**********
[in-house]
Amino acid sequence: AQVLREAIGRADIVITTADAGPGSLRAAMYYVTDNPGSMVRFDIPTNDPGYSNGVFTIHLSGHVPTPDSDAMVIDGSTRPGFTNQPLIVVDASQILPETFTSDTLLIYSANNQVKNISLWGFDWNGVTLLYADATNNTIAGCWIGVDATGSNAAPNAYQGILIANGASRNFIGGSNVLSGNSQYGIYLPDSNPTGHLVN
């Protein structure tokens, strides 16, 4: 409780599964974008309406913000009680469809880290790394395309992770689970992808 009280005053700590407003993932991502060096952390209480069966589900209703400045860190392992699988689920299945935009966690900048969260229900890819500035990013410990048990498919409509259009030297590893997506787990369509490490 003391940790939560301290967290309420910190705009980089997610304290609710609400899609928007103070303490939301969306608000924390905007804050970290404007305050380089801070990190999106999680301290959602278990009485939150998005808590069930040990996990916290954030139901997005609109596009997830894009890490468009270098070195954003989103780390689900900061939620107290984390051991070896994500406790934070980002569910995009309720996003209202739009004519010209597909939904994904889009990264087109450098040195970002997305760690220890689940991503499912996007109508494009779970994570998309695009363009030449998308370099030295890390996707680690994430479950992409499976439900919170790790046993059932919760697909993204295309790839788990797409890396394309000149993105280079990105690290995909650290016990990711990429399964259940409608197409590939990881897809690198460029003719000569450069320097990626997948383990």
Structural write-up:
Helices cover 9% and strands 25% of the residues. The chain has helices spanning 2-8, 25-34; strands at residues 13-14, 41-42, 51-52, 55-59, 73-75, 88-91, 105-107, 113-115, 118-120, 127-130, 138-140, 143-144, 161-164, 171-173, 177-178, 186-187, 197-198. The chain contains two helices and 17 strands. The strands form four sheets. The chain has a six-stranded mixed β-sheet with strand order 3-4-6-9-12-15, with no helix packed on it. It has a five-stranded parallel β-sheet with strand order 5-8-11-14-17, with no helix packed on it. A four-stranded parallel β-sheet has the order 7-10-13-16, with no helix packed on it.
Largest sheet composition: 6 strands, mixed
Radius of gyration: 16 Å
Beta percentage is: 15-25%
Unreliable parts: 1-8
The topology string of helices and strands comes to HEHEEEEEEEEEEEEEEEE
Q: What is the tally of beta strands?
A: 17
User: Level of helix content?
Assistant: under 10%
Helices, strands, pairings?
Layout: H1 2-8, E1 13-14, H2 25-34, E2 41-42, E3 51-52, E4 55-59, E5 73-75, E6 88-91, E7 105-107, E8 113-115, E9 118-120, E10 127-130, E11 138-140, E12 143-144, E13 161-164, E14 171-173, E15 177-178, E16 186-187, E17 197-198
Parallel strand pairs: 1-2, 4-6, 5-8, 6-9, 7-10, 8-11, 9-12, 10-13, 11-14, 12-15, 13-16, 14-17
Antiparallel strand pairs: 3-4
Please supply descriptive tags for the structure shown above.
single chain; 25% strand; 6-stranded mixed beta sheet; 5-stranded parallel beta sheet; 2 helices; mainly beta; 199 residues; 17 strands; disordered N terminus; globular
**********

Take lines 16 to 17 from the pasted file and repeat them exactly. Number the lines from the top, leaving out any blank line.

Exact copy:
Layout: H1 2-8, E1 13-14, H2 25-34, E2 41-42, E3 51-52, E4 55-59, E5 73-75, E6 88-91, E7 105-107, E8 113-115, E9 118-120, E10 127-130, E11 138-140, E12 143-144, E13 161-164, E14 171-173, E15 177-178, E16 186-187, E17 197-198
Parallel strand pairs: 1-2, 4-6, 5-8, 6-9, 7-10, 8-11, 9-12, 10-13, 11-14, 12-15, 13-16, 14-17